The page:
Tuesday 23 July, 7.30pm (another encore screening)
Capitol Cinemas Manuka
For more information see – Films for Change Canberra on Facebook; and Eventbrite for bookings
Legendary Aboriginal actor David Gulpilil has spent his adult life trying to navigate his way through two very different cultures: that of his Yolngu people and that of the colonising Australian culture. In Another Country, he gives us first-hand insight into the confusions and chaos that occur in the clash between these cultures.
National Sorry Day 21st Anniversary History Exhibition
12pm, Thursday 25 July: Welcome to Country & Smoking Ceremony Launch (RSVP required)
Exhibition continues to Wednesday 31 July
Causeway Community Hall, 14 Spinifex St, Kingston
Enquiries and RSVP: Helen Moran, email firstname.lastname@example.org or phone 0413 246 470.
The Stolen Generations National Connections Inc. Ass (SGNC) invite you to attend opening of the 21st Anniversary of Sorry Day History Exhibition. This exhibition is a unique opportunity for the community to access historical knowledge, and information about the Bringing Them Home report, the significance and connection of the report to the Aboriginal Deaths In Custody inquiry. This exhibition will present previously unseen documents, reports, images, artefacts, and memorabilia, and will include screenings of historical footage and documentaries. It will also include the opportunity to speak with Members of the Stolen Generations.
10.30am and 8pm, Friday 23 August
Performed in the Bicentennial Hall, next to The Q
Cost from $25 to $49, early bird discount to 23 July; information and bookings at The Q website
Ghenoa Gela – little sister, daughter, granddaughter, comic, teacher, fighter, gold medallist, air guitarist, charmer, TV star, Torres Strait mainlander, walking political statement – has made a show. This is your invitation into the complex political, social, colonial and cultural expectations she navigates every day. Laughter and deep reflection go hand in hand in this unique and intimate story told through movement and words. My Urrwai, supported by stellar team including director Rachael Maza and dramaturg Kate Champion, is a revealing reflection on and celebration of cultural and familial inheritance, and an unflinching comment on race relations in Australia.
Tour produced by Performing Lines supported by Ilbijerri Theatre.
Blood on the Dance Floor
5pm and 8pm, Saturday 24 August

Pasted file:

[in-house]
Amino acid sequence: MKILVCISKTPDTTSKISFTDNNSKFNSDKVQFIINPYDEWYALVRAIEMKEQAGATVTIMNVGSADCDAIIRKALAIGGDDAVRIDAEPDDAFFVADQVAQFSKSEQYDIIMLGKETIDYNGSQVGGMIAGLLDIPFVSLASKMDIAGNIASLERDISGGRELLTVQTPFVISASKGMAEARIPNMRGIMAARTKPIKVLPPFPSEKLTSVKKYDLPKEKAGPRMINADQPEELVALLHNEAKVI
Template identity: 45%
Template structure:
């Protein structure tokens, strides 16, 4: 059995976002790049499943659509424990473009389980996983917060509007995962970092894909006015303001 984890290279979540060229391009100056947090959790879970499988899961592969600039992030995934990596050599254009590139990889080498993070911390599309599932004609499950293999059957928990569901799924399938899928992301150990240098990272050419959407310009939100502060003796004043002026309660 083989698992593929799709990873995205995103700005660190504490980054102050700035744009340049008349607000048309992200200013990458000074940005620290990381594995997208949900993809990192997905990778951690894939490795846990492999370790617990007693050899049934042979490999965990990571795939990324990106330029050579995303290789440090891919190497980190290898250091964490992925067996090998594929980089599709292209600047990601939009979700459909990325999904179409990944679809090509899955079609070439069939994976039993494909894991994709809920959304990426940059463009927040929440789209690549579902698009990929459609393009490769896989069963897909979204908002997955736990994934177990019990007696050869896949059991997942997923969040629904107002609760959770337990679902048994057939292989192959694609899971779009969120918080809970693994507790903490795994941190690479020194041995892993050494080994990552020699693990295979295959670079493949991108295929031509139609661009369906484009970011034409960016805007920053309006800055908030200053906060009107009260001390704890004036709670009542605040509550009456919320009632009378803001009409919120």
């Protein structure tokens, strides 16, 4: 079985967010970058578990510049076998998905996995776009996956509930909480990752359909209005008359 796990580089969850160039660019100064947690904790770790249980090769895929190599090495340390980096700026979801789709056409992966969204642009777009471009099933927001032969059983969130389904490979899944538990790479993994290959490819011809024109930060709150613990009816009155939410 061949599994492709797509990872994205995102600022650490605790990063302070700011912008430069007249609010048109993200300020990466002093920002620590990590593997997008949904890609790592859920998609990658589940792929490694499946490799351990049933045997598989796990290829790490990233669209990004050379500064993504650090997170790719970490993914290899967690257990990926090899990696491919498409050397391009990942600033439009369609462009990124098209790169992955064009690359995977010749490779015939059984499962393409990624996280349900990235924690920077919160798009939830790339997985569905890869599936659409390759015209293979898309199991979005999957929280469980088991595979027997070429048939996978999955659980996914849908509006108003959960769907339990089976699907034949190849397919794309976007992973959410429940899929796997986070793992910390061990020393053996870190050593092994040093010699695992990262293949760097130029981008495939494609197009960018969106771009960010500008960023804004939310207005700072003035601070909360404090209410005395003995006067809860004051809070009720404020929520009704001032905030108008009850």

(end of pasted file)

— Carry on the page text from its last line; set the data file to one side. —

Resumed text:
Tuggeranong Arts Centre
$25-$30, bookings via the website
Blood on the Dance Floor explores the legacies and memories of our bloodlines, our need for community, and what blood means to each of us – questioning how this most precious fluid unites and divides us. A choreographer, dancer and writer from the Narangga and Kaurna nations of South Australia, Jacob Boehme was diagnosed with HIV in 1998. In search of answers, he reached out to his ancestors. Through a powerful blend of theatre, image, text and choreography, Boehme pays homage to their ceremonies whilst dissecting the politics of gay, Blak and poz identities.
Mind the Gap – Bridging the Indigenous Divide
7pm, Tuesday 3 September
The Street Theatre
$27-$37, bookings via the website
Jacinta Nampijinpa Price is an Indigenous Alice Springs town councillor and the daughter of former CLP politician Bess Price. In the wake of a growing ‘Change the Date’ movement, Jacinta dives deep to uncover what is causing further division; what is distracting us from bridging the indigenous divide and what a connected future would look like.
8pm, Tuesday 10 September
The Playhouse, Canberra Theatre centre
Information and bookings on the website
Musical snapshots of life in the Pilbara, north Western Australia, performed by the lush voices of Marliya of Gondwana Choirs, young Indigenous women singing in English and Yindjibarndi. Joining the choir are Felix Riebl and Ollie McGill of The Cat Empire, who wrote and produced the music, and special guest Emma Donovan.
Tour – Indigenous experiences of Parliament House
Fridays, Saturdays, Sundays, 2.30 – 3.30pm – current to Saturday 31 August
Parliament House, Marble Foyer, ground floor
Free, bookings required here
Hear the stories of Indigenous parliamentarians and staff, explore the site history of Parliament House, gain insights into how Australia’s First Peoples are participating in the nation’s democratic processes, and enjoy significant artworks from the Parliament House Art Collection by celebrated Indigenous artists.
To Friday 19 July
Belconnen Community Gallery, Belconnen Community Centre, Swanson Court, Belconnen